Now I am sure that by this point you are expecting a sales pitch for music groups, drum kits, "Rite 3," burlap banners, name tags, and charismatic carryings-on. Well, not quite! For a start, name tags and burlap banners are so 90s, man! Rite 3 is pretty old hat as well. That was 'happening' when I was a student in the late 1980s. No, what I am getting at is that Continuing Anglicans need to build a bridge to the culture, not that of the secular left, but that of wider Christianity in the USA. We need to have a bridge in place so that some of those who are semi-churched, the unchurched, and those who attend 'shallow churches' can cross into a fuller and deeper expression of Christianity, and in many ways, the path to doing this is through music.

I have to be honest and say that I am as apt to reach for the garlic and a crucifix when someone mentions 'praise and worship music' to me as the most rigid of Spikes. The other thing that I have realised is that the 1928 Prayer Book is not a stumbling block, but some of the music that we use - well, let us just say "Oh Dear!" We have moade the mistake - at least in the USA where we have an official hymnal - of Canonizing a Hymn Book. To an Englishman - where we have never had an official hymnal - I have to say this seems a little - erm - odd. I think we need to remind ourselves of an eighteenth century Evangelical Anglican (Whitefield? Newton? One of the Wesleys?) who said, "why should the devil have all the best tunes?" so why have we chosen to freeze our selection at one point in history omitting not just many good new songs, but many old and valuable hymns?

At University I heard and sang a lot of the then current P&W music, however I remember only two or three of them twenty years later. There is a sense in which they are musical ephemera. On the other hand, I do remember the old Wesleyan standards such as 'O for a thousand tongues to sing' ,"And can it be" and so forth, which I learned alongside the P&W music. I think you can see the case I am making - that we need to bridge the gap.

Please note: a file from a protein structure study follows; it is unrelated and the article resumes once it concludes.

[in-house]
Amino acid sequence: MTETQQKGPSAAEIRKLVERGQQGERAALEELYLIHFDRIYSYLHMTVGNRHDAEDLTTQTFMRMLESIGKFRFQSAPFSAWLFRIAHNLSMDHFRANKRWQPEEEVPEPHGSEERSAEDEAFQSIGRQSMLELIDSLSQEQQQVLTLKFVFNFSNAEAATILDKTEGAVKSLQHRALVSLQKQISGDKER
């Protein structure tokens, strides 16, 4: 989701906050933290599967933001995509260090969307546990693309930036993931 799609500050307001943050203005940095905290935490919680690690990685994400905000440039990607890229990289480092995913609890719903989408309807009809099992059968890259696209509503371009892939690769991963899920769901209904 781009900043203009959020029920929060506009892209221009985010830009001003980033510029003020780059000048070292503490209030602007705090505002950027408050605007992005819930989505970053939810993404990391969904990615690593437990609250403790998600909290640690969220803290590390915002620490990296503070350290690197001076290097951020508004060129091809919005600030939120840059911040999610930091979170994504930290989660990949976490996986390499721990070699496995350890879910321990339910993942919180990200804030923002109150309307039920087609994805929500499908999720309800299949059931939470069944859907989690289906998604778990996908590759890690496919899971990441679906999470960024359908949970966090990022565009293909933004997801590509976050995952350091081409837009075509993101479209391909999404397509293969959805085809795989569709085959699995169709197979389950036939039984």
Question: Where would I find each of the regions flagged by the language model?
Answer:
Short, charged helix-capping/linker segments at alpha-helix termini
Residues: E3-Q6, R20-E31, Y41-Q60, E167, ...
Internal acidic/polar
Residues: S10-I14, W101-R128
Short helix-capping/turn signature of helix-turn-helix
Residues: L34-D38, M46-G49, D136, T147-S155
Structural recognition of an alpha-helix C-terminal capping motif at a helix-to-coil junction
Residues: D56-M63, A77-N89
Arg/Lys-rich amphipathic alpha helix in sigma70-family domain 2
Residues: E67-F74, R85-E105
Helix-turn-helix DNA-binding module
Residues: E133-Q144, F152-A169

However, bridging that gap is an exercise that needs a little bit of thought. I honestly think we had it right so far as Anglicanism was concerned, when I was a student. The church I attended did P&W music until the beginning for the formal liturgy, then we had a very simple formal liturgy - with not too many men in funny frocks, and during this formal liturgy traditional hymns were used; then during Communion and after the service they used P&W music again. It seemed to bridge the gap. However, I do know one way of really fouling up the sort of bridge approach that I am taking about and that is to use the Praise Music that was current when I was a student in the late 1980s - which is precisely what so many churches do!

One interesting phenomomen that I have observed in churches that offer both traditional and more contemporary is that as folks become more committed and more comfortable with "the Church thing" they tend to move across to more traditional services. I really do not see why continuing Anglicans have such a block with letting the musical side of worship evolve while the liturgy, which does have enduring value, remains fixed. It seems to me that where there is a real need for it, many churches could benefit from having a traditional service and a slightly more contemporary one to reach out and make a new generation of Anglicans. We all know that the old ones are dying off fast enough.

At the end of the day we belong to the Church, not the Hymnal and Prayer Book Preservation Society. Our function, our great commission is to "Go ye therefore and teach all nations, baptizing in the name of the Father and of the Son, and of the Holy Ghost: teaching them whatsoever things I commanded you..." Are we achieving that by clinging so firmly to everything from the past? Or do we need to build that bridge? I believe that we need to build that bridge before it is too late, and we become just another footnote in religious history.